Suriname’s recession has led to a slight increase in unemployment, but employment remains higher than many other economies. The country’s relatively large agricultural sector can explain a lot of this. Many of the workers who would otherwise be working in mining could return to the labor-intensive farming industry or work in subsistence farming on family land. Lower economic output has also led to increased government borrowing, which is approaching unsustainable levels.
Roughly 2 out of 3 Surinamese live in cities, including the capital of Paramaribo. In spite of poor economic growth, health indicators such as life expectancy remain on a positive trend, suggesting that the recession has not had a strong impact on development. Gender equality is very strong in health and education indicators but continues to lag in other areas, particularly political empowerment.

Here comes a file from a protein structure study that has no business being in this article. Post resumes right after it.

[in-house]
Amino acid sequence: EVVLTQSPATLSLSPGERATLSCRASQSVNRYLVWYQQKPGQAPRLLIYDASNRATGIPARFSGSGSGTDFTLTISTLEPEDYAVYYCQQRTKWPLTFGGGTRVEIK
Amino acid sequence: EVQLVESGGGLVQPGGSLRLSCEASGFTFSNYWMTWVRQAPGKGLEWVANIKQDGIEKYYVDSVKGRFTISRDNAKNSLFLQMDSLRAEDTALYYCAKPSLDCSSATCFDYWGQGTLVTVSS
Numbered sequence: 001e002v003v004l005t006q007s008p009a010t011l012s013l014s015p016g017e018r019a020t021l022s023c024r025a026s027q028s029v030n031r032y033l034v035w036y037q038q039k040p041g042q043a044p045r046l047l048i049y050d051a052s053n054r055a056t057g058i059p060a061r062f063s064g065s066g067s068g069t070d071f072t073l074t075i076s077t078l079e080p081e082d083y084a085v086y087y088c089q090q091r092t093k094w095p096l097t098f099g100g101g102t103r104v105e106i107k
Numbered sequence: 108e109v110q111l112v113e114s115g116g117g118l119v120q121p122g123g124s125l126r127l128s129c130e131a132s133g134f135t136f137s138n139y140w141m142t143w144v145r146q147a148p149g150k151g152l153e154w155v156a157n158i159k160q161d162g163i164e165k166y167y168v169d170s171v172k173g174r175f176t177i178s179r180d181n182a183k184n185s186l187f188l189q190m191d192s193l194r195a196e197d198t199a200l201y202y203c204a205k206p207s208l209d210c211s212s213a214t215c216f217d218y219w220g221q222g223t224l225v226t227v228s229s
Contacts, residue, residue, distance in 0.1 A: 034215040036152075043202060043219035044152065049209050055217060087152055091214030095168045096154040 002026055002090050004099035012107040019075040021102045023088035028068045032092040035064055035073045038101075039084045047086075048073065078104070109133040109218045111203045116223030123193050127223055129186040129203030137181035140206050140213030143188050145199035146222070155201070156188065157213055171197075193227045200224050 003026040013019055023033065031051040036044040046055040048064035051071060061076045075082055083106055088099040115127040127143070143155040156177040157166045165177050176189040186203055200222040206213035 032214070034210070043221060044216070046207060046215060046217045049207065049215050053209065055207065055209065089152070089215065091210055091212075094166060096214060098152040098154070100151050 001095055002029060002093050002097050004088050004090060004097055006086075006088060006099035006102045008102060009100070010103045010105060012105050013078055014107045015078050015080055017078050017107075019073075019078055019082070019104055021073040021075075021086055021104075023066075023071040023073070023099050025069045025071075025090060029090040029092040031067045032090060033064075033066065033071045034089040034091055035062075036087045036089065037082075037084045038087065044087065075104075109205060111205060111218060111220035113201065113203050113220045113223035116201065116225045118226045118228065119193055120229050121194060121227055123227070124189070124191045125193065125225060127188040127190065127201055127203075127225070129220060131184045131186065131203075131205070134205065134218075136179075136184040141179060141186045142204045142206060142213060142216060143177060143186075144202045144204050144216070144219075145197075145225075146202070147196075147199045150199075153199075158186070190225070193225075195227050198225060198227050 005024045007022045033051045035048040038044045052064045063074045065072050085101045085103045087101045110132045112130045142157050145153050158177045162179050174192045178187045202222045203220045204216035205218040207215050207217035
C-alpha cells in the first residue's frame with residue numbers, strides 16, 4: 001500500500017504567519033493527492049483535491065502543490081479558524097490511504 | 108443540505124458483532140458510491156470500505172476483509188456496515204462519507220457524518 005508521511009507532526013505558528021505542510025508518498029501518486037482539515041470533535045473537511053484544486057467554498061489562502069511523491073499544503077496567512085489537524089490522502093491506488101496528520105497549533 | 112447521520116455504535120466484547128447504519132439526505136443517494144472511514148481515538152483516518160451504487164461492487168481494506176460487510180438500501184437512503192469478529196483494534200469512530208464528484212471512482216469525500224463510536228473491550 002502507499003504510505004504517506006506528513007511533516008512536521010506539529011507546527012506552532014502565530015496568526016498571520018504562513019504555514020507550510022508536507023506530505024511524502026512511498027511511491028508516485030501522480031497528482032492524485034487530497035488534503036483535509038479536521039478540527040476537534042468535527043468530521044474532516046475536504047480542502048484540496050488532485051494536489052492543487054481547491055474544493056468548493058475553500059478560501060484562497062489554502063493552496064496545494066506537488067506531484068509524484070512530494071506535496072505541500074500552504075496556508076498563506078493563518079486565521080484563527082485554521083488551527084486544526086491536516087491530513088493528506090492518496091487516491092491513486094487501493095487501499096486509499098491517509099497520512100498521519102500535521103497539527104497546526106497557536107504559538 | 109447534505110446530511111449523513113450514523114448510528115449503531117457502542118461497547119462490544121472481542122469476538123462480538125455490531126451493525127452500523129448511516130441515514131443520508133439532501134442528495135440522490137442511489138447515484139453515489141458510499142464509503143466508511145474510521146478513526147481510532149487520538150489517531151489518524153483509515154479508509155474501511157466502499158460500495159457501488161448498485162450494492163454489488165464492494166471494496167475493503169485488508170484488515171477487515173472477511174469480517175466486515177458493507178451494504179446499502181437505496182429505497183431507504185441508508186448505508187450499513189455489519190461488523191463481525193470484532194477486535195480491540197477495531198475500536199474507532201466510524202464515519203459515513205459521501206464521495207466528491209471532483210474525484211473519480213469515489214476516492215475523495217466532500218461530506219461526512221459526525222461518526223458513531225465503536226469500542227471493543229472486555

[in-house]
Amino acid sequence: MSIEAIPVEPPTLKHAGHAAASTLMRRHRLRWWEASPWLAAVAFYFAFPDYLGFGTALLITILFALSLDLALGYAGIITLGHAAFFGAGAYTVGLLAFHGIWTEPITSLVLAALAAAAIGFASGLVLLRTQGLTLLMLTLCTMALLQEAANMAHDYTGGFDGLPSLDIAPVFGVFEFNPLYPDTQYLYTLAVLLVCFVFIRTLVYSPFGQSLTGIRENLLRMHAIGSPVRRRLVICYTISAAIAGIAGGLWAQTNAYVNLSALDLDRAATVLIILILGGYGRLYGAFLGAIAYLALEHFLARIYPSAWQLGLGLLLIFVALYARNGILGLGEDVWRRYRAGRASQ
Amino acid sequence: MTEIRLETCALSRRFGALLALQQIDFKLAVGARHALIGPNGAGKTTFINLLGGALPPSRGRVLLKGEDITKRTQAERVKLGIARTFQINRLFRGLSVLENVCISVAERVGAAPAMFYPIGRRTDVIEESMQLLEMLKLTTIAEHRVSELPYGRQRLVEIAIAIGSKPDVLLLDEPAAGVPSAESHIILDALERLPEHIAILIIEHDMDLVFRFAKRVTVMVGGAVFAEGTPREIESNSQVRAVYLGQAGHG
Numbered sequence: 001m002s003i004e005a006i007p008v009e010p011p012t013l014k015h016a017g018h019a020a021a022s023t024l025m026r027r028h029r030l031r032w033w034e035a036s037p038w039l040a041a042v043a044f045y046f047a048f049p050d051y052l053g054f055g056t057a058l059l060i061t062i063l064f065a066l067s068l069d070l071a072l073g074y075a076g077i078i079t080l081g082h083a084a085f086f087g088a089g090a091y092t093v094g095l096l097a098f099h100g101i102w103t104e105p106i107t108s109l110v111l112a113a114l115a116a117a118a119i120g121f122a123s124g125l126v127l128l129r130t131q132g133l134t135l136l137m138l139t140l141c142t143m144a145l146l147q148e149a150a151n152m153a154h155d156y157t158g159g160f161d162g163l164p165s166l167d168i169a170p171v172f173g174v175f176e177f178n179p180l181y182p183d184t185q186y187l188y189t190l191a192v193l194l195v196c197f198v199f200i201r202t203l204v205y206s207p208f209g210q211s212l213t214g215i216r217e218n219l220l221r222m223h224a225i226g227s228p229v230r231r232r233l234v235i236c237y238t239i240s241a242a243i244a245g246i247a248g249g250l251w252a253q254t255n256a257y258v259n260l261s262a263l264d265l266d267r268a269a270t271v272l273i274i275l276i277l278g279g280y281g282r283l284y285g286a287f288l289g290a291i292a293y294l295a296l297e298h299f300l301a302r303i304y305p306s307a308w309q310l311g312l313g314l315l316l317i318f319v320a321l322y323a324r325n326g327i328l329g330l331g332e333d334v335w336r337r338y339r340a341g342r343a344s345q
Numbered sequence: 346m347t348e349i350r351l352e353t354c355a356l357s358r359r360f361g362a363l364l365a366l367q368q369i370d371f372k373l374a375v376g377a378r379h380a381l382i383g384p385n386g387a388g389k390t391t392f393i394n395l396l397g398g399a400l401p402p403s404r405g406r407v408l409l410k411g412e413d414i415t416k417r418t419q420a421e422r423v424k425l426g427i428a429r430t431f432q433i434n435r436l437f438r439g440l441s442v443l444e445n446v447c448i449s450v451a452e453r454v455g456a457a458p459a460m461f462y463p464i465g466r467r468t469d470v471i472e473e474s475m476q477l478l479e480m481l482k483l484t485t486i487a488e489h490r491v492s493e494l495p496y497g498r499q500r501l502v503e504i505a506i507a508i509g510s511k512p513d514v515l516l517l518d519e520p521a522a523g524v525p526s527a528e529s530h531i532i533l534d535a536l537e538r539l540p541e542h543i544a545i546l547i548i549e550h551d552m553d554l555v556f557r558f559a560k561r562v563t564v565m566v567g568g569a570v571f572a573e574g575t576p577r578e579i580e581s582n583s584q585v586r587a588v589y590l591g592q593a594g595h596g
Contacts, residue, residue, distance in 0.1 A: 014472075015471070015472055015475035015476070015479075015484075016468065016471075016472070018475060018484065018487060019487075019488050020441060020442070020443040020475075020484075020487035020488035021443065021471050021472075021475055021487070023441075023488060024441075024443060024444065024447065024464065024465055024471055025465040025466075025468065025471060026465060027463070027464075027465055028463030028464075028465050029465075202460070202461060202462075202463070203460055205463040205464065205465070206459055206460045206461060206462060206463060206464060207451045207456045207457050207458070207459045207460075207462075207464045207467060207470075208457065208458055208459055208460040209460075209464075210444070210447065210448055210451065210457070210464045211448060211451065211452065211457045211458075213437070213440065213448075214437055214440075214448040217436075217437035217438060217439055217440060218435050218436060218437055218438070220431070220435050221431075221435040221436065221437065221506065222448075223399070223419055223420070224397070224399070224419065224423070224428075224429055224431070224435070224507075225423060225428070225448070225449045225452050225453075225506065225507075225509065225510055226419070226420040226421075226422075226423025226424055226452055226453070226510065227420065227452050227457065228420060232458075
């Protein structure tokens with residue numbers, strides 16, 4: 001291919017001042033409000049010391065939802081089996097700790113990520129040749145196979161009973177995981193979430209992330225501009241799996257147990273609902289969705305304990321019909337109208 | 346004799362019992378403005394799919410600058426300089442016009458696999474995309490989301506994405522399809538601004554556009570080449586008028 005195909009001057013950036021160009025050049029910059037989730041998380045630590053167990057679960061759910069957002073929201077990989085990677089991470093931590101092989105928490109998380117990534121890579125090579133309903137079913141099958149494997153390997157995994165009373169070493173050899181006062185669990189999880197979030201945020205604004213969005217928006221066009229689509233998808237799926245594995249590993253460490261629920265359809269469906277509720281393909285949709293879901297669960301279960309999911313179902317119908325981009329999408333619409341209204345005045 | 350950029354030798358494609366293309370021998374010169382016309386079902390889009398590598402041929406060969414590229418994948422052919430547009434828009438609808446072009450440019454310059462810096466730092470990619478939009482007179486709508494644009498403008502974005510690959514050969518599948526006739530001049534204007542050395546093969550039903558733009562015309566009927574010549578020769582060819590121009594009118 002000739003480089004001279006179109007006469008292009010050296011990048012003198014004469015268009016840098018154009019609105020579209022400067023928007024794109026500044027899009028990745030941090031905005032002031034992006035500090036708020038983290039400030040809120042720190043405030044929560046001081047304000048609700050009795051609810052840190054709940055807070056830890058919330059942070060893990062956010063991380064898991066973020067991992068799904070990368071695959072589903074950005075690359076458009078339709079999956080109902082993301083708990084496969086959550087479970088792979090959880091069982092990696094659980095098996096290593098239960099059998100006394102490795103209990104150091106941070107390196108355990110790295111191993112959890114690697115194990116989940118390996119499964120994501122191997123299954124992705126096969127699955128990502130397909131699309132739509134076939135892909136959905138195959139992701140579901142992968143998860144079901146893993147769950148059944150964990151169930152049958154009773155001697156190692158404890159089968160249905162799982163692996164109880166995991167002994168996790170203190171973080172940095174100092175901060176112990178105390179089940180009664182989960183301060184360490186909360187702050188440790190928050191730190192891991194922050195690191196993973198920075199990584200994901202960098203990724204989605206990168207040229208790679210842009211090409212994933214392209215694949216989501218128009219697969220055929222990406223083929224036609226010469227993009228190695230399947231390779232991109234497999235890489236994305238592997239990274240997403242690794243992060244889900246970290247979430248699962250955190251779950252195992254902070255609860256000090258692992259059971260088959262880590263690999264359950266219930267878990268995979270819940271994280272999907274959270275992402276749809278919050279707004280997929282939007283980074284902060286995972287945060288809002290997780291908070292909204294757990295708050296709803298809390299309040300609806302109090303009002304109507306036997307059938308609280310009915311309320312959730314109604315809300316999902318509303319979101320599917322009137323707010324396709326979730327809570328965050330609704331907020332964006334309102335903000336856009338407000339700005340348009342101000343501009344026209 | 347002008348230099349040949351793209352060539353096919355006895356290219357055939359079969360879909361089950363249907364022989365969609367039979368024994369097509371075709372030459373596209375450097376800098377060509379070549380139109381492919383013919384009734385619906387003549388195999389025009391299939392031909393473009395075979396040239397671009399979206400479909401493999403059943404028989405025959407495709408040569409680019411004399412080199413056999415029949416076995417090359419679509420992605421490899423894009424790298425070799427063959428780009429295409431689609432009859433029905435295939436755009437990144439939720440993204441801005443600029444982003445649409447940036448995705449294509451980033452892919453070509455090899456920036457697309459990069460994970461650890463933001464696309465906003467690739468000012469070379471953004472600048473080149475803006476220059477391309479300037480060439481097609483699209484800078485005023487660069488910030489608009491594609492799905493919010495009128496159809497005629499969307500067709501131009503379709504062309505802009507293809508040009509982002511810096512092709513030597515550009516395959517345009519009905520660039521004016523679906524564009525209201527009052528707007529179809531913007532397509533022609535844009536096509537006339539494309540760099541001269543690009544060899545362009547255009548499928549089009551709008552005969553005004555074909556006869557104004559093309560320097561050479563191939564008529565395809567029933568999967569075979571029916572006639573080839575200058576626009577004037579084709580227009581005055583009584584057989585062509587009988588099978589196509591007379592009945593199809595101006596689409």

The country’s reliance on industry has an environmental effect. In particular, air pollution, such as particulate matter is a problem. Exposure to air pollution is regularly blamed for over 200 deaths per year. This threatens to affect tourism revenue from the roughly quarter million tourists that come to Suriname every year.